"Love me most when I least deserve it, because that's when I need it most."
Quote from Helen Keller.
"My daughter (8) is freaking out."
Another day where I wonder what I did wrong. What's more, I'm sure I just did everything wrong. She acts like her family is the worst in the world. She beats her brother until she tears, manipulates me to death, looks at me in an unabashedly cheeky way and says things like “I don’t begrudge you peace and quiet”.
My daughter often behaves according to an inner motto that tells her to punish everything around her when she doesn't feel good. She knows exactly what buttons to push to make it hurt, how to win an argument, and how to make me feel insecure.
Too often it happens that I don't take action in time and take what my daughter says to me personally. Or I'm already so exhausted and distracted from the day because there's so much going on in my head that one of their mean things hits me like a jab. Even though I know it's a child. Although I know it has nothing to do with me at its core.
On the other hand – it has everything to do with me. Whatever my daughter shows me is a reflection of what is inside me. If I don't spread a loving atmosphere, I experience this directly in my child's behavior. She defends herself loudly and vehemently against what is not good for her. Yes, as a mother, this is the level at which I should take her behavior personally.
Children's rebellious behavior always shows a need at its core. When they act loudly and provocatively, we can ask ourselves: What does the child need right now? What is it really about? It's like with us adults: it's never about the superficial object of anger.
We are all children inside
The core of the conflict is not that the child doesn't want to eat the broccoli. There is so much more behind the refusal.
I remember driving my parents to distraction by deliberately circumventing any rules. When there was an argument with my mother and all she asked for was a few minutes of peace, I disturbed her every minute to get my way.
It wasn't until years later that I realized that this process was, at its core, about something much deeper. I wanted to restore the relationship that had been affected by the argument. Of course it was important to me that I got what I wanted. But at my core, I longed for my mother to see me. I think she sees me correctly. That she becomes aware of who I am by taking my wish seriously and recognizing me in it. I wanted to be recognized - and loved for who I am.
I also realize that even today, as an adult, I repeatedly find myself following old patterns that date back to my childhood - in close relationships, for a long time, I unconsciously behaved in ways that were sometimes impossible. It only became clear to me afterwards - something in me, the child that wasn't sure whether he was lovable, wanted to test whether the love of the other person was really unconditional. Am I accepted regardless of my behavior? Do my parents only love me if I am always well-behaved and well-adjusted? How far can I go before the patience of others – on whose favor I was largely dependent as a child – runs out?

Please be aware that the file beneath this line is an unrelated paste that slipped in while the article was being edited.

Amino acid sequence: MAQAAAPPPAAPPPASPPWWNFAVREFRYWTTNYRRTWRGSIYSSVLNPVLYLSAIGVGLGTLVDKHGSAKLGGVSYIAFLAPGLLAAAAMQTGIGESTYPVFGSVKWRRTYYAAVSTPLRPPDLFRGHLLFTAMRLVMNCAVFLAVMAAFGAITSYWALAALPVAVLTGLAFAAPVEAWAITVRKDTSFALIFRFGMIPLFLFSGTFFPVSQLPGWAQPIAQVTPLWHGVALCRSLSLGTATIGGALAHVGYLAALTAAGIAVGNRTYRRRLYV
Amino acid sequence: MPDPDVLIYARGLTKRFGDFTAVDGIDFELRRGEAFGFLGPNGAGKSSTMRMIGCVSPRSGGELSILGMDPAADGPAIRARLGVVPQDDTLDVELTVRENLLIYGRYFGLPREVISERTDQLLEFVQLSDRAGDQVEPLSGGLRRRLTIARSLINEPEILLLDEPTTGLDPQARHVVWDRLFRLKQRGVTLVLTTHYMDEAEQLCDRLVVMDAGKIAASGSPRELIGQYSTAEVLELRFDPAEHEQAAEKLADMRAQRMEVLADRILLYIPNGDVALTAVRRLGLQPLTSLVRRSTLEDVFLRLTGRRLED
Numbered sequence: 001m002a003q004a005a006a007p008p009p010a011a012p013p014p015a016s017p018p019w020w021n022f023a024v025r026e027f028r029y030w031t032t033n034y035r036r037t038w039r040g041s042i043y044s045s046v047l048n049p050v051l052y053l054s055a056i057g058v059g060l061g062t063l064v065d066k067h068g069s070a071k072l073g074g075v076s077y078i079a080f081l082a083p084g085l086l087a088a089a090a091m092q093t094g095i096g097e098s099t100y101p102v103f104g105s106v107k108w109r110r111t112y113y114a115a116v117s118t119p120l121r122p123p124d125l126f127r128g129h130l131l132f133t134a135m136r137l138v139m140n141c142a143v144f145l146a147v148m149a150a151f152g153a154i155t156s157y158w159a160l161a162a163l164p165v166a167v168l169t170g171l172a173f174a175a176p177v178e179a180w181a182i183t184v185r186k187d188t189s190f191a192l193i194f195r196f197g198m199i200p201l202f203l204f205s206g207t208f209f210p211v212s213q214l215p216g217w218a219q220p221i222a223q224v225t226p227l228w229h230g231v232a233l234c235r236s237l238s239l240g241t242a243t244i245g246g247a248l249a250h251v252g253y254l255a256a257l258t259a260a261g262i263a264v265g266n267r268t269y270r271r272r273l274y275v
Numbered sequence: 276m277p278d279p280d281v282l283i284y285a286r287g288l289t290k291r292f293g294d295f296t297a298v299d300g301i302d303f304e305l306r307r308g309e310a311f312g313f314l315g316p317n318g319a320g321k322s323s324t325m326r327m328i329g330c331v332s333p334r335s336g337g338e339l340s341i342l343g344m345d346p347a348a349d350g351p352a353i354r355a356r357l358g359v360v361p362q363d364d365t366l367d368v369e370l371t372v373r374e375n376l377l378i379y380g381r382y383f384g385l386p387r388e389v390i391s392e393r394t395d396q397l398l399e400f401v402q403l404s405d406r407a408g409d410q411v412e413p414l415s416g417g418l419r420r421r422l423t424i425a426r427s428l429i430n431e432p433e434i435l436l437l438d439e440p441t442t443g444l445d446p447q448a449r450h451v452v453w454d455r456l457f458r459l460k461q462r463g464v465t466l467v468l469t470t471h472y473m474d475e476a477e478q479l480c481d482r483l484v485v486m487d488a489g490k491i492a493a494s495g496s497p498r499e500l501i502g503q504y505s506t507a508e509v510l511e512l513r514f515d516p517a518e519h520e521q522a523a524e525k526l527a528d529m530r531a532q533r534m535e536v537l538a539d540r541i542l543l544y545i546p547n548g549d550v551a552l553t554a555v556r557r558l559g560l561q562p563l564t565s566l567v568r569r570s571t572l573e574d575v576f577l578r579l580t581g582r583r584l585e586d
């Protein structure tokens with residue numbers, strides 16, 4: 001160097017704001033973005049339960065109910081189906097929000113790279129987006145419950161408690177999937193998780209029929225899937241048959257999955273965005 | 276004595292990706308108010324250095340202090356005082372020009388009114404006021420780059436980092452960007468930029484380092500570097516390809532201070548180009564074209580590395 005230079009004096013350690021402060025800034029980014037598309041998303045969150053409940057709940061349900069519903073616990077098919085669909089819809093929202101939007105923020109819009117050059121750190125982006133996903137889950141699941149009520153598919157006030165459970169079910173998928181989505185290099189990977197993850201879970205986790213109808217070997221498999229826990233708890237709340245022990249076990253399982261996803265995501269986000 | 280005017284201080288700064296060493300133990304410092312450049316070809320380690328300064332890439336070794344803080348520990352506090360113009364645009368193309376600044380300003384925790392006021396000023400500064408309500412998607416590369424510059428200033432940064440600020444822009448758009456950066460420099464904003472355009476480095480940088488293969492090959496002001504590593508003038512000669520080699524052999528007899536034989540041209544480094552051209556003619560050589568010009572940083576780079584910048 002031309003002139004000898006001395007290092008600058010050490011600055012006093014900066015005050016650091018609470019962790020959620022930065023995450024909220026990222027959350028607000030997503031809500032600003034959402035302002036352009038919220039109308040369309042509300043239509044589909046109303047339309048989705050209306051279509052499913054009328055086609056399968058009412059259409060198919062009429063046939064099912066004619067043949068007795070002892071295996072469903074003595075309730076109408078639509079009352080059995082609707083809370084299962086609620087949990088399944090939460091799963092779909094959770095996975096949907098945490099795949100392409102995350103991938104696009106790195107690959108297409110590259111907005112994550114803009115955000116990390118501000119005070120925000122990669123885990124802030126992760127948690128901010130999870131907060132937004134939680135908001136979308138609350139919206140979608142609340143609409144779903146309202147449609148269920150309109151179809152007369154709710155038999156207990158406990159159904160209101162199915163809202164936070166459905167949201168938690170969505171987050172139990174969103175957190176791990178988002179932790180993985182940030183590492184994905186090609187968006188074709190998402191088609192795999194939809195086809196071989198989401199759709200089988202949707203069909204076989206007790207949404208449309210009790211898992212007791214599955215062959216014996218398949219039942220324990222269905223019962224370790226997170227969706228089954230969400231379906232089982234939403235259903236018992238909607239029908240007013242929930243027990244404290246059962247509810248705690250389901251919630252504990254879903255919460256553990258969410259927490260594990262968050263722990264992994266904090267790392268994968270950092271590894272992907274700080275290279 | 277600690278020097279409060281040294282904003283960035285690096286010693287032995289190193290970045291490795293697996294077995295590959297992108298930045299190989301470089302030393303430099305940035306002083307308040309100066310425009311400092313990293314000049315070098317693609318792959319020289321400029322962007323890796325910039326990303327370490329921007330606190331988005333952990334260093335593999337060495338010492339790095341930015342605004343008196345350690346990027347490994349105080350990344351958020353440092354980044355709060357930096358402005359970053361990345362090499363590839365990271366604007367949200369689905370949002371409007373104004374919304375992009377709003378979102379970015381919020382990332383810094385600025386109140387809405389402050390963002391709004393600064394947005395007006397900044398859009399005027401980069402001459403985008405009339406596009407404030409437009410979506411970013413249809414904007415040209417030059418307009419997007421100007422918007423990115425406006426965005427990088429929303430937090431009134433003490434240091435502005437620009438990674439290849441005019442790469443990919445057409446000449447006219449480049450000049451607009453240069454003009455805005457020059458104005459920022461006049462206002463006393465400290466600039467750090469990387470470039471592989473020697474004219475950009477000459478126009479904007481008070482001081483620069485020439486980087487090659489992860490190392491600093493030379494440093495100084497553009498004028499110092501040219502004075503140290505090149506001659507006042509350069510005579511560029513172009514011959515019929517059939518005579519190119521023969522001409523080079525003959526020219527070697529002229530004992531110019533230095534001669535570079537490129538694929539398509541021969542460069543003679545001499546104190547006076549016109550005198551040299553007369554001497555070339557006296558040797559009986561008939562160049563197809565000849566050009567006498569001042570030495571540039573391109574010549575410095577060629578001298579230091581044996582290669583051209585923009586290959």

There may be an unconscious belief behind it, for example: I am not completely lovable. At some point they see who I really am and then they turn away from me. You will see!
And the actual or inner child behaves exactly according to this model and thus provokes the behavior on the outside that it secretly expects.
This is just one possibility of what could be going on inside the little person in such a delicate situation - but a common scenario.
What can help now?
If we put ourselves deeply into it, we know: Love alone, which unconditionally shows again and again that I am safe and trustworthy as a parent, can dissolve such beliefs. As the young person gets older, they will become more and more responsible for their own actions and will learn that their value does not depend on the opinions of others - but in childhood it is up to us to sow this valuable seed in order to give our children a good start into the future make possible.
By the way, it's completely normal for the little ones to test us. They want to feel us, feel themselves and discover their world – cause and effect are extremely exciting phenomena! A friend's daughter once said to her when she didn't get something she wanted: You are the most unloving mother I know. You don't care about us at all and you don't care about us at all! This mother is at home full-time and only cares for her children of her own choosing.
There was certainly something going on with this child on several levels, but it may also have been simply: Hey, you're annoying me, I'm annoying you. I want to experience what it's like to be able to act.
We should know: It is not our job to be our children's best friends. Being a buddy is not one of the aspects that convey to our children that they can rely on us and that they are loved.
It is our job to be a safe place for them. We offer this through a clear framework, unconditional love, visible rules and boundaries, but also our undivided presence, our listening and taking their deeper needs seriously.
Knowing this can relieve you enormously. You don't have to do everything to please your offspring. That's not what he needs. It's also about your well-being in the relationship.
So when your child freaks out again, remember that it's a chance to love them more and deeper once again. Even if you don't have to tolerate the child treating you disrespectfully - the deeper message has reached you. And maybe you'll hug one more time.
If you would like to learn more about healthy eating, mindfulness or sustainability, check out more exciting blog articles on these topics here .
When you were born I was blown away I think I found myself flying somewhere else I was drunk, honestly. Didn't know what to say anymore, I was unplugged, so to speak But with one hundred...Read more